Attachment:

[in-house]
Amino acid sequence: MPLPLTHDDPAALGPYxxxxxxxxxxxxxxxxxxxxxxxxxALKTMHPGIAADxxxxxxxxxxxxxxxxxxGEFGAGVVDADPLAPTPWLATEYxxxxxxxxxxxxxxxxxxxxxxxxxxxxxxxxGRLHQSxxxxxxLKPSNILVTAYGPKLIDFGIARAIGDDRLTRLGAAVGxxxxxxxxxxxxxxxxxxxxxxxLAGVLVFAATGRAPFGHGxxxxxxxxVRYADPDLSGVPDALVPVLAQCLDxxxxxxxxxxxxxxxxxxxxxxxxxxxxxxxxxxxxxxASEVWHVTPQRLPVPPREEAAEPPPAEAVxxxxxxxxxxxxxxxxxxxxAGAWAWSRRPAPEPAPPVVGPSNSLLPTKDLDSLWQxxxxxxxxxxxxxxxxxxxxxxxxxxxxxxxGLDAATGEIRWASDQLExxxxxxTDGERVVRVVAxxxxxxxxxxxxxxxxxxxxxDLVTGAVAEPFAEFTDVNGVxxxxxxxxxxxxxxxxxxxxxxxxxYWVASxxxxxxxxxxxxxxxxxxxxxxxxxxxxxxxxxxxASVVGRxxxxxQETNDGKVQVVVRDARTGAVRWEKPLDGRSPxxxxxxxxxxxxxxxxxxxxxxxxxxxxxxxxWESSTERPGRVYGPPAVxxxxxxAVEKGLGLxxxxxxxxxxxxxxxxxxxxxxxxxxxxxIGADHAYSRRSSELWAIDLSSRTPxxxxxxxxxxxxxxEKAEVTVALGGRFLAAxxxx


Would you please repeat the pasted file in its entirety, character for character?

[in-house]
Amino acid sequence: MPLPLTHDDPAALGPYxxxxxxxxxxxxxxxxxxxxxxxxxALKTMHPGIAADxxxxxxxxxxxxxxxxxxGEFGAGVVDADPLAPTPWLATEYxxxxxxxxxxxxxxxxxxxxxxxxxxxxxxxxGRLHQSxxxxxxLKPSNILVTAYGPKLIDFGIARAIGDDRLTRLGAAVGxxxxxxxxxxxxxxxxxxxxxxxLAGVLVFAATGRAPFGHGxxxxxxxxVRYADPDLSGVPDALVPVLAQCLDxxxxxxxxxxxxxxxxxxxxxxxxxxxxxxxxxxxxxxASEVWHVTPQRLPVPPREEAAEPPPAEAVxxxxxxxxxxxxxxxxxxxxAGAWAWSRRPAPEPAPPVVGPSNSLLPTKDLDSLWQxxxxxxxxxxxxxxxxxxxxxxxxxxxxxxxGLDAATGEIRWASDQLExxxxxxTDGERVVRVVAxxxxxxxxxxxxxxxxxxxxxDLVTGAVAEPFAEFTDVNGVxxxxxxxxxxxxxxxxxxxxxxxxxYWVASxxxxxxxxxxxxxxxxxxxxxxxxxxxxxxxxxxxASVVGRxxxxxQETNDGKVQVVVRDARTGAVRWEKPLDGRSPxxxxxxxxxxxxxxxxxxxxxxxxxxxxxxxxWESSTERPGRVYGPPAVxxxxxxAVEKGLGLxxxxxxxxxxxxxxxxxxxxxxxxxxxxxIGADHAYSRRSSELWAIDLSSRTPxxxxxxxxxxxxxxEKAEVTVALGGRFLAAxxxx